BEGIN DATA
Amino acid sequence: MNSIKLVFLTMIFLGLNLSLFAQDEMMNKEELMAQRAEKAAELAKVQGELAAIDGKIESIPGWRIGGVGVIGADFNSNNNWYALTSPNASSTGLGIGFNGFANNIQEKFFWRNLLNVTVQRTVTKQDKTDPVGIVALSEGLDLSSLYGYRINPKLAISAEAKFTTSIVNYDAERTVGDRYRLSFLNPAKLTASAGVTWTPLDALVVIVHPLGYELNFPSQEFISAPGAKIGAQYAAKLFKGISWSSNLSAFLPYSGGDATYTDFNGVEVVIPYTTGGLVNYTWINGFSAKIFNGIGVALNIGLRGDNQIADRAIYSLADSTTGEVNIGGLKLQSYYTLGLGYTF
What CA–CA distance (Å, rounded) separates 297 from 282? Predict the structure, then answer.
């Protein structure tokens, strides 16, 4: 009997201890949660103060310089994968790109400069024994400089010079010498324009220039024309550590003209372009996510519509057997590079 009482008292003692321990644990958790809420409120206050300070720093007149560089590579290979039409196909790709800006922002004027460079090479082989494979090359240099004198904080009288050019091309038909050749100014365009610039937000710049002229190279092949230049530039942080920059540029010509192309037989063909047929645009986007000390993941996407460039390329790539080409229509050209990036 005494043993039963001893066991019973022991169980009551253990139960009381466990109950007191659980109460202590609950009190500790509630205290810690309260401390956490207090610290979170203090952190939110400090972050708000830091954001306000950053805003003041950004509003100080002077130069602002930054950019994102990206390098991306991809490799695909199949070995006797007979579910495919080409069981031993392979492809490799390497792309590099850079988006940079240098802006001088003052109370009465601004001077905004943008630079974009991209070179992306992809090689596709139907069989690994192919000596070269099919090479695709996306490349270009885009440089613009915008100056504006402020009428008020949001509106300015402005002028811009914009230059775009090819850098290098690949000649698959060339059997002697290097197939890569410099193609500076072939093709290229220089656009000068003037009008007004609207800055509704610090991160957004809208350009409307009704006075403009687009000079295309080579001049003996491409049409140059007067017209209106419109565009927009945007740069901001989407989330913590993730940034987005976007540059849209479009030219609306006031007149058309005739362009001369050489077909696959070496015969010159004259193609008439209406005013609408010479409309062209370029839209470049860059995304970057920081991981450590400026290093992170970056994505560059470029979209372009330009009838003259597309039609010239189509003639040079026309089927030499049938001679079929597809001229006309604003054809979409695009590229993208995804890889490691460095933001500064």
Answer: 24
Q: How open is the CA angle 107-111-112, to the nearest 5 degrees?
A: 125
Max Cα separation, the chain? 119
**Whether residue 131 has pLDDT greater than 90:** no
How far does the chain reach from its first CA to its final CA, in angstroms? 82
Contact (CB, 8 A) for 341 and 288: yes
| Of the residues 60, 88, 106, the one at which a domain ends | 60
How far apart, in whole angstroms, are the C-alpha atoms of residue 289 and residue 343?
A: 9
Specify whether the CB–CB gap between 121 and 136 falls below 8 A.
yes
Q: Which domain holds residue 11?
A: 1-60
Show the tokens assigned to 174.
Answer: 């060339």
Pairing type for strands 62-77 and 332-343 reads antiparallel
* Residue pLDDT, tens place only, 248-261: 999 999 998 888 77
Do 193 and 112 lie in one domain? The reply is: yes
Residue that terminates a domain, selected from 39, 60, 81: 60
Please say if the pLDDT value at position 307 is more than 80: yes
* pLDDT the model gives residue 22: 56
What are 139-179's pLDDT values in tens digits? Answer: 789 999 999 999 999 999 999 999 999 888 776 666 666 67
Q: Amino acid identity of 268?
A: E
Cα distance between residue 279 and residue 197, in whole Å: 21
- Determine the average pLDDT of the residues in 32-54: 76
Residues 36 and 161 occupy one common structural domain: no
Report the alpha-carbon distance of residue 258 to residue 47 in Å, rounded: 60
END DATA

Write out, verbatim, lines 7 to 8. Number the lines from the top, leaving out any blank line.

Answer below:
Max Cα separation, the chain? 119
**Whether residue 131 has pLDDT greater than 90:** no